Christine de Pizan

Christine de Pizan
The Writer Christine de Pizan at Her Desk

Tuesday, February 23, 2021

Catharina van Hemessen, Portrait Painter

Catharina van Hemessen (married 23 February 1554)

Catharina van Hemessen is "one of the first Flemish women artists recorded and the first for whom several certainly authentic works are known."* Although we have few details about her life, thirteen signed works survive.

Born about the year 1528, Catharina was the daughter of the influential Flemish painter Jan Sanders van Hemessen and his wife, Bárbara de Fevere, the daughter of a wealthy merchant. Like most of her female contemporaries, Catharina was trained by her father, a master in the Guild of St. Luke in Antwerp, where he also had his workshop. She began her career in her father's studio, assisting her father, an artist known in particular for his "multi-figured, abundantly detailed" religious genre paintings. 

self-portrait, Catharina van Hemessen,
dated to 1548 and indicating
her age
In 1551, Hemessen sent his two of his sons, Hans and Gilles, to train as painters in Italy, just as he himself seems to have done. (There is no documentary evidence of Jan Sander van Hemessen in Italy, but he is widely believed to have spent time there as a young man, and he is noted for his "innovative" Italian-influenced style.)

Such a journey would have been impossible for a young woman, of course. But by the time her brothers were sent to Italy, Catharina van Hemessen was already producing her own original work. 

Catharina's earliest known painting is a portrait, a genre in which she seems to have specialized. In fact, it is a self-portrait--a self-portrait of the artist in the process of painting. In a Latin inscription, she both names herself as the artist and dates her painting: "EGO CATERINA DE/ HEMESSEN ME/ PINXI/ 1548." A second version of this painting,  a copy made by Catharina, adds her age: "ETATIS/SVAE/20" (this inscription suggests her year of birth, otherwise undocumented). 

At some point during the decade of the 1540s, she gained an influential patron, Mary of Austria, regent of the Netherlands. In 1555, Catharina is recorded as a "dame de compagnie" at the regent's court. 

Meanwhile, on 23 February 1554, Catharina married Kerstiaen de Moryn, who was soon to be named organist at the Cathedral of Our Lady, Antwerp. I have used this one certain date in Catharina van Hemessen's life--the date of her marriage--as the occasion for this post.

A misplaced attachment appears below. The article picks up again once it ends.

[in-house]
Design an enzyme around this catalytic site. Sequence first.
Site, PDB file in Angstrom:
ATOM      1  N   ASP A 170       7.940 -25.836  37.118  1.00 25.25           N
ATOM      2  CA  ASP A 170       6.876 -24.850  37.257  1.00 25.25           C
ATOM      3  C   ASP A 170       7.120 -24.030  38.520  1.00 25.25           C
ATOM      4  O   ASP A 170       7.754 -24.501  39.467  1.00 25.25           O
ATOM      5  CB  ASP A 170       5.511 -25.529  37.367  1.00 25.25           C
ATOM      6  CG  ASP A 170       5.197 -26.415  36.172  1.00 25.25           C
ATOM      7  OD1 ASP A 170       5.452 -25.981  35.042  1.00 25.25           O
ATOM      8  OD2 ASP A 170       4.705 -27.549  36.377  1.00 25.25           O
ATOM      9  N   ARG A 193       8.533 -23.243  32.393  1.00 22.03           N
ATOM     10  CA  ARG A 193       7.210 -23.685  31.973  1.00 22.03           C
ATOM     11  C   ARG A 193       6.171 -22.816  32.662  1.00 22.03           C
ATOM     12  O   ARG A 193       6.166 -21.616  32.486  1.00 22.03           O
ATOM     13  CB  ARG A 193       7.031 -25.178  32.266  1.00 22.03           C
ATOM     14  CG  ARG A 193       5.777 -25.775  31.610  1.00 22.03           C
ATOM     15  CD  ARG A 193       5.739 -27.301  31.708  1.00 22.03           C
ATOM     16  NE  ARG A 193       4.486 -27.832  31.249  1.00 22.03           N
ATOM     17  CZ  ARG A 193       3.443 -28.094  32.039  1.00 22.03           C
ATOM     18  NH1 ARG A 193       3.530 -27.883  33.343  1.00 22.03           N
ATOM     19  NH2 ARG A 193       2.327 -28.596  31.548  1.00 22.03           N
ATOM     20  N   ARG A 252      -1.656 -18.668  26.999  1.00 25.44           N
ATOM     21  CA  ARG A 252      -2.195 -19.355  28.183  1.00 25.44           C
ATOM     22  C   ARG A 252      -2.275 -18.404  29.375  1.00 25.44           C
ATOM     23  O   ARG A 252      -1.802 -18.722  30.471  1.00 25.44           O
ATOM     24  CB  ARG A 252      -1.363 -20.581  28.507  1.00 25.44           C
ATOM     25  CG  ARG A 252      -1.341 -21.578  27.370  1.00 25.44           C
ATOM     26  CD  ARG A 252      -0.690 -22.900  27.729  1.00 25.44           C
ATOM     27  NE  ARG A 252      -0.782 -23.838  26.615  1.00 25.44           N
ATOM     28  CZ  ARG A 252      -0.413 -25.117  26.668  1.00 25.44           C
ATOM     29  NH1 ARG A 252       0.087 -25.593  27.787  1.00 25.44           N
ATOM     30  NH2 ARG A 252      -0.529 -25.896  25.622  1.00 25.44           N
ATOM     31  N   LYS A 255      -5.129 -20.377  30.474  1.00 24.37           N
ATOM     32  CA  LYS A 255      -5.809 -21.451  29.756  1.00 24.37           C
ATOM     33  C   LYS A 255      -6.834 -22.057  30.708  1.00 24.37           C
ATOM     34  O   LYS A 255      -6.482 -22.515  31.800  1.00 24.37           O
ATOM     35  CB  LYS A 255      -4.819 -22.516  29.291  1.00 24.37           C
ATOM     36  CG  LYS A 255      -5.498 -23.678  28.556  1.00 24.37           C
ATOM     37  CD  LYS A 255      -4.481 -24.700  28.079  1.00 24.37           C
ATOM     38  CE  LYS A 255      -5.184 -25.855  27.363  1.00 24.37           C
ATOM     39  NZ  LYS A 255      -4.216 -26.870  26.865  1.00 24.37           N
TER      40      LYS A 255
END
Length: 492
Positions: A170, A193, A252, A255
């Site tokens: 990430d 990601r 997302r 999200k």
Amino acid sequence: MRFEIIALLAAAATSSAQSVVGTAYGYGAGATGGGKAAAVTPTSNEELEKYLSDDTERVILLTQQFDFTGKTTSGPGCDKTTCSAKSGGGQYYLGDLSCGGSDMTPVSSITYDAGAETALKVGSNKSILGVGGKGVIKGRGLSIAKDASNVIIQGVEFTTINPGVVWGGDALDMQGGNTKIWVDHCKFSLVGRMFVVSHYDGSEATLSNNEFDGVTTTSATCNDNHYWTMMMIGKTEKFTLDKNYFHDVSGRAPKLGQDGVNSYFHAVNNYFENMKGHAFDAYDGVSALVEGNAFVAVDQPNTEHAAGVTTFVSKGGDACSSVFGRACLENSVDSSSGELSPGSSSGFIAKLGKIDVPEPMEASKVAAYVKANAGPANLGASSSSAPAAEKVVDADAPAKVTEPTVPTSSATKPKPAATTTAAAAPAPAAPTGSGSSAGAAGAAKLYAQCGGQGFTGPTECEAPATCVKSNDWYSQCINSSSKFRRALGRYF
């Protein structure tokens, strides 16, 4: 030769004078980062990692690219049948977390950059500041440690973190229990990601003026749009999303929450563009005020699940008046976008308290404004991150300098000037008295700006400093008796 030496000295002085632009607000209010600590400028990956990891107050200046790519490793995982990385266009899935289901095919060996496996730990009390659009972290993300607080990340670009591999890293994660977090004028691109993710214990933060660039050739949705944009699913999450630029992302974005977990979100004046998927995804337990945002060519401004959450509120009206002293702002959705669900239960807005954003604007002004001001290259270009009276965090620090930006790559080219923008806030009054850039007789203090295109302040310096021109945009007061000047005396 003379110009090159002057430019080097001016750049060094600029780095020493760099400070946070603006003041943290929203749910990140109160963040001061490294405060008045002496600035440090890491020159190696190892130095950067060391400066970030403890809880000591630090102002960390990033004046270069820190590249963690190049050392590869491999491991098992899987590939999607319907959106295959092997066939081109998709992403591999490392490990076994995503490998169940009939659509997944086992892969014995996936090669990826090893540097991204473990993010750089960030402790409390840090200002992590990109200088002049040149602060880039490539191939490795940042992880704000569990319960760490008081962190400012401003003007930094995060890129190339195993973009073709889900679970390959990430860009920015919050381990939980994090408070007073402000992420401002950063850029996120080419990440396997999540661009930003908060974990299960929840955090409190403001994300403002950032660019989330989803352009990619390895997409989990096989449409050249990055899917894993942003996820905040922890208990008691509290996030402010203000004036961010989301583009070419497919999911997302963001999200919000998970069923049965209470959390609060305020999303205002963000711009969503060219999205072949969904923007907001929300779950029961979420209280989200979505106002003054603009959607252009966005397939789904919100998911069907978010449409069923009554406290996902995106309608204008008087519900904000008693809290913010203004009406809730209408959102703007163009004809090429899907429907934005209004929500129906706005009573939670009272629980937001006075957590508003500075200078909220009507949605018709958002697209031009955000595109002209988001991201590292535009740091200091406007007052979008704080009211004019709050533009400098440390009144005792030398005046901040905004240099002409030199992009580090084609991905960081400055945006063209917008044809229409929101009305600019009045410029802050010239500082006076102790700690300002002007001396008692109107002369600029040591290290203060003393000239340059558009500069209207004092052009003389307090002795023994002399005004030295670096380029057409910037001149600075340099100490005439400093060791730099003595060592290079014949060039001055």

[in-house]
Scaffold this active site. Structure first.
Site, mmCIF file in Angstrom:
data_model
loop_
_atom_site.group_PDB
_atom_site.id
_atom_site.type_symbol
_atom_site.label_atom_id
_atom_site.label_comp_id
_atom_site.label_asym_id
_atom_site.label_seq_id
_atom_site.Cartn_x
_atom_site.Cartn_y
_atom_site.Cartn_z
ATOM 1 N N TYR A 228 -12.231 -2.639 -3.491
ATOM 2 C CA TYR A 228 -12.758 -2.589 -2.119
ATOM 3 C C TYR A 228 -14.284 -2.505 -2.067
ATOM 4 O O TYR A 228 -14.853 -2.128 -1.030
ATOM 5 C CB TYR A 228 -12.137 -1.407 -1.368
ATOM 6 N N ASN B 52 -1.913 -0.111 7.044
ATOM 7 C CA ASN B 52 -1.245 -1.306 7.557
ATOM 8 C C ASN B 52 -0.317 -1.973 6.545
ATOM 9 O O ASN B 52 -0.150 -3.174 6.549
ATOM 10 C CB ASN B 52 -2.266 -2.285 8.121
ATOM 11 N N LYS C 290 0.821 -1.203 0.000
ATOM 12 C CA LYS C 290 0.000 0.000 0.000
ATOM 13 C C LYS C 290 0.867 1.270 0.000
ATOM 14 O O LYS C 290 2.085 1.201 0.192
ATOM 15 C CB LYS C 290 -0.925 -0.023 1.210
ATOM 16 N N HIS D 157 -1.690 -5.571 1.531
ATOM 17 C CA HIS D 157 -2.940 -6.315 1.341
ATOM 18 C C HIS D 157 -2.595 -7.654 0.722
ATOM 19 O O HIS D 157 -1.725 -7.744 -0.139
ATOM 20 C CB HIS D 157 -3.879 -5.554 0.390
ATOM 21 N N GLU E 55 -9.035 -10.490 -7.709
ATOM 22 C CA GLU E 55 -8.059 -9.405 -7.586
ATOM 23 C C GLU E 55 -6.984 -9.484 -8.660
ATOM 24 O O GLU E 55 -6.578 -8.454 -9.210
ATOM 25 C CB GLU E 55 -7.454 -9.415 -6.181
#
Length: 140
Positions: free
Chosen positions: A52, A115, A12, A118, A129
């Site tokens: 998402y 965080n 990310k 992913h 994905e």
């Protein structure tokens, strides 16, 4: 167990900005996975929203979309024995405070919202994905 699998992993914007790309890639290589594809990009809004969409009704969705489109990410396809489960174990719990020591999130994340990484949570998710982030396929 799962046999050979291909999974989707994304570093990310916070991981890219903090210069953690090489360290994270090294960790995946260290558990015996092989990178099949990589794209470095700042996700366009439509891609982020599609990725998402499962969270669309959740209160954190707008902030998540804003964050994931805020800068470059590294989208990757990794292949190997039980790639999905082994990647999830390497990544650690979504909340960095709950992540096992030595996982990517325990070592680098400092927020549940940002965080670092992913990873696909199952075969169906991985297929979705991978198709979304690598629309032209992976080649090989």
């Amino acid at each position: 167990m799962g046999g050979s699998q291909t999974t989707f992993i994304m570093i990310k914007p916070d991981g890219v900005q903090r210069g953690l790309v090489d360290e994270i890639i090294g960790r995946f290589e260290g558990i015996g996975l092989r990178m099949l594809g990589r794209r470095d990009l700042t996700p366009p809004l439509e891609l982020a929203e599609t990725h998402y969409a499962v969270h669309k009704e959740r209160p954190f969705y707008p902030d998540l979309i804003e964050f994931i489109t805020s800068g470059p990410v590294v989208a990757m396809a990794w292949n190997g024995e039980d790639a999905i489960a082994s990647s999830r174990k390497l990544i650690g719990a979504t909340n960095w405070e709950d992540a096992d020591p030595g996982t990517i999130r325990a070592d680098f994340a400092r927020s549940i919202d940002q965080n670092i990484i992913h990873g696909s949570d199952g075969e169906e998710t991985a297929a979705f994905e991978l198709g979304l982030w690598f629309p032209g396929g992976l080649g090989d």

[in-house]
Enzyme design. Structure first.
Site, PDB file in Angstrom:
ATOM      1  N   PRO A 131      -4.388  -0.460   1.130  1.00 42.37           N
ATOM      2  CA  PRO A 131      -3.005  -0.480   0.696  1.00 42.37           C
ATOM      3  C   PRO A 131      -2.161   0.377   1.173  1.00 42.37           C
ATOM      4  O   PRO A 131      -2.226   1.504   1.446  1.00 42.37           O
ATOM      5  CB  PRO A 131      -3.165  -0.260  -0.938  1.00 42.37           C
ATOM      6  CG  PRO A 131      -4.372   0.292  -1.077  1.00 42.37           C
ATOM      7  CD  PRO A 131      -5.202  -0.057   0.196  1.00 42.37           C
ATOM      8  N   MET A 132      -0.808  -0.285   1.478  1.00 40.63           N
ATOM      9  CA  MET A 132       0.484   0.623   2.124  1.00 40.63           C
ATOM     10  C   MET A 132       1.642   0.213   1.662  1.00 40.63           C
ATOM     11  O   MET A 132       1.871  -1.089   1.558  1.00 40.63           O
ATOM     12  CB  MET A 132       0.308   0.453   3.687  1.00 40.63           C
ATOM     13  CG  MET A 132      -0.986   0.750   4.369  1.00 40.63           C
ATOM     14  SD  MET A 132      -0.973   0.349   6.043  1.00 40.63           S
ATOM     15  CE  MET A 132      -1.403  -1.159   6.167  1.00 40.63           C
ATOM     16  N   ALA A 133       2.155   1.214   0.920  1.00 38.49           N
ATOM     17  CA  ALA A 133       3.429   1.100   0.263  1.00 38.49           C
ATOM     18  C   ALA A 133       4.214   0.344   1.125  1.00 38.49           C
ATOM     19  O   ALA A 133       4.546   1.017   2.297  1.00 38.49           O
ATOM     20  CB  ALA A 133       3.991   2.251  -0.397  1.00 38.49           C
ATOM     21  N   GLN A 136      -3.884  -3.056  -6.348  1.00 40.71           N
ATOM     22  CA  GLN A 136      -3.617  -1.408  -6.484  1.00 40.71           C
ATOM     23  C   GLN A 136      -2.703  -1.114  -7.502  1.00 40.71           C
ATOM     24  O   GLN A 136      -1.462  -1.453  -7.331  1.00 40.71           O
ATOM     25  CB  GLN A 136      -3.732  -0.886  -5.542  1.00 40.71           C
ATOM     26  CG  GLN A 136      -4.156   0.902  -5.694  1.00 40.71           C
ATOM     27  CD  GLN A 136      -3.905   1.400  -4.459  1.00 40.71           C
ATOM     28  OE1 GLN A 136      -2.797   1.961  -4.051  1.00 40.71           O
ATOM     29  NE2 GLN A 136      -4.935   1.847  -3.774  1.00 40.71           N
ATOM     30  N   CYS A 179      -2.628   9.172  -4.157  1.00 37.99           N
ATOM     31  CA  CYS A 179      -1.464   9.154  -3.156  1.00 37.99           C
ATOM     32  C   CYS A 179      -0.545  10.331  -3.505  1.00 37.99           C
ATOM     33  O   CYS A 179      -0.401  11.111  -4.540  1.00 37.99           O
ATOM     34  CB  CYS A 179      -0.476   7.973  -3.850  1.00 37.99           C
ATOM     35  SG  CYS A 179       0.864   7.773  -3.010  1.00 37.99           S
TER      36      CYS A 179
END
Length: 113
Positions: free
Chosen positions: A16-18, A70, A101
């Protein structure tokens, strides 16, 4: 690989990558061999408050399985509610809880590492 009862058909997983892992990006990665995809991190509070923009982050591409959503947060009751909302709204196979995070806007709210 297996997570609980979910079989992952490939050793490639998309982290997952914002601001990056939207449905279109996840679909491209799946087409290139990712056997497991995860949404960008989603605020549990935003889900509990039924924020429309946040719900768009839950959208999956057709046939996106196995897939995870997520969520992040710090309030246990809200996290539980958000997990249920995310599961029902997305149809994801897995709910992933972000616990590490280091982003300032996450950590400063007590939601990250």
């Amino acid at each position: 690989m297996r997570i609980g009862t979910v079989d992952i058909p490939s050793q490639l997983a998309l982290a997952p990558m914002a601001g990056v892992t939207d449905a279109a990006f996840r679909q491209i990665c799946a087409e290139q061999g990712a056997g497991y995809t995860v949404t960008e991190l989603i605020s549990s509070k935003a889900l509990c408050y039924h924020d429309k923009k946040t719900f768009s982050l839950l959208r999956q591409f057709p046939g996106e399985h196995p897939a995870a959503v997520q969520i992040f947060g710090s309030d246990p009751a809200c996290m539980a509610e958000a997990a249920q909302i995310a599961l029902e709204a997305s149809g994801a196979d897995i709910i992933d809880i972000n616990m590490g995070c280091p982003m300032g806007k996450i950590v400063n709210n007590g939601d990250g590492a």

In 1556, when Mary of Austria "retired" from her role as regent and left the Low Countries, Catharina retained her place in the former regent's court and, with her husband, left for Spain. According to the Florentine merchant and writer Ludovico Guicciardini, who lived in Antwerp and whose 1567 Descrittione di tutti i Paesi Bassi (Description of of the Low Countries) contains an enumeration of many contemporary Flemish artists, "this couple [Mary of Austria] took with her to Spain." Guicciardi also notes that the former regent granted an annuity to Catharina. In the words of the eighteenth-century English translation of Guicciaardini's Description, Mary of Austria "bequeathed a sufficient maintenance" to Hemessen.

Another 1548 signed painting
by Catharina van Hemessen.
The sitter's age is given as 22,
and may represent Hemessen's
older sister, Christina
After Mary of Austria's death in 1558, the couple returned to Antwerp, where they seem to have remained until 1561, when they relocated to the city of 's-Hertogenbosch, where Kerstiaen de Moryn had accepted a position as organist for the Illustrious Brotherhood of Our Lady.

After 1565, no further details survive. As Anne Jensen Adams writes, "Catharina and her husband seem to have left the city [of s'Hertogenbosch] by 1565, and subsequently disappeared without a trace."

When he wrote about Catharina van Hemessen in 1567, Guicciardini names her as one of four "living female artists" in Antwerp, so it is possible she had returned to that city. Nothing more is known about her.

What survives is her work--thirteen signed work, nine portraits and four religious paintings. Of these, ten are dated between 1548 and 1552, a fact which has led modern historians (including Harris and Nochlin) to conclude that Hemessen may have given up painting when she was married. (And that her role at the Spanish court may have been in teaching painting.)

Interestingly, Catharina van Hemessen is mentioned in Giorgio Vasari's 1568 version of Le Vite de' più eccellenti pittori, scultori, ed architettori (Lives of the Most Eminent Painters, Sculptors, and Architects)--but he includes her in his discussion of "excellent miniaturists." 

To see more of Catharina van Hemessen's surviving work, a good place to start is with the selection of images posted at ArtUK. I also recommend Ellen Moody's excellent overview and fascinating critique of Catharina van Hemessen's work (click here).

In addition, Anne Jensen Adams's 2005 review of Karolien De Clippel's 2004 Catharina van Hemessen (1528 - na 1567): Een monografische studie over een 'uytnemende wel geschickte vrouwe in de conste der schilderyen (unfortunately, for me, in Dutch) includes some biographical information, additional material about the surviving paintings, and some speculation about unattributed work.

*This quotation is from Ann Sutherland Harris and Linda Nochlin's groundbreaking Women Artists, 1550-1950, the catalogue/history/collection of art plates that was published in connection with the first international exhibition of female artists, curated by Harris and Nochlin, and organized by the Los Angeles County Museum of Art. The exhibition opened on 21 December 1976. The show featured the work of eighty-three artists from twelve countries, including Catharina van Hemessen. 

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